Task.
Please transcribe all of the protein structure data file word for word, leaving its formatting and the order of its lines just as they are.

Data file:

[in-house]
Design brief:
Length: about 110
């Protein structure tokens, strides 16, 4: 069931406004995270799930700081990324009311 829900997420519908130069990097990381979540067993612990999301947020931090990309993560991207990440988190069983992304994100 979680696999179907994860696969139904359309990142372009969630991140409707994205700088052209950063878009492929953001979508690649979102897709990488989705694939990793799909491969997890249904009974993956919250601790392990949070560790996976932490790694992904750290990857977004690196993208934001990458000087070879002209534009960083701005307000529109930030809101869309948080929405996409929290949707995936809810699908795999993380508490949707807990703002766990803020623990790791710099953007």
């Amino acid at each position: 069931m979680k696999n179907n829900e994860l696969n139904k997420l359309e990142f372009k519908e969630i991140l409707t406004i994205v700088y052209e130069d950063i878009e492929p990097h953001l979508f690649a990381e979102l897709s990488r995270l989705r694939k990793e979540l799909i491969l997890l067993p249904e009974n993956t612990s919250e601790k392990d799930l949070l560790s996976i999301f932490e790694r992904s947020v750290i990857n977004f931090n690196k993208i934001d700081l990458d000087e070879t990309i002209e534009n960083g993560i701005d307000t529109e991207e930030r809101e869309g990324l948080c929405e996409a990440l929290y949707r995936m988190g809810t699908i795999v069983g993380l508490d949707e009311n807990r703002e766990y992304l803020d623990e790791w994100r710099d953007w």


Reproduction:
[in-house]
Design brief:
Length: about 110
């Protein structure tokens, strides 16, 4: 069931406004995270799930700081990324009311 829900997420519908130069990097990381979540067993612990999301947020931090990309993560991207990440988190069983992304994100 979680696999179907994860696969139904359309990142372009969630991140409707994205700088052209950063878009492929953001979508690649979102897709990488989705694939990793799909491969997890249904009974993956919250601790392990949070560790996976932490790694992904750290990857977004690196993208934001990458000087070879002209534009960083701005307000529109930030809101869309948080929405996409929290949707995936809810699908795999993380508490949707807990703002766990803020623990790791710099953007």
């Amino acid at each position: 069931m979680k696999n179907n829900e994860l696969n139904k997420l359309e990142f372009k519908e969630i991140l409707t406004i994205v700088y052209e130069d950063i878009e492929p990097h953001l979508f690649a990381e979102l897709s990488r995270l989705r694939k990793e979540l799909i491969l997890l067993p249904e009974n993956t612990s919250e601790k392990d799930l949070l560790s996976i999301f932490e790694r992904s947020v750290i990857n977004f931090n690196k993208i934001d700081l990458d000087e070879t990309i002209e534009n960083g993560i701005d307000t529109e991207e930030r809101e869309g990324l948080c929405e996409a990440l929290y949707r995936m988190g809810t699908i795999v069983g993380l508490d949707e009311n807990r703002e766990y992304l803020d623990e790791w994100r710099d953007w």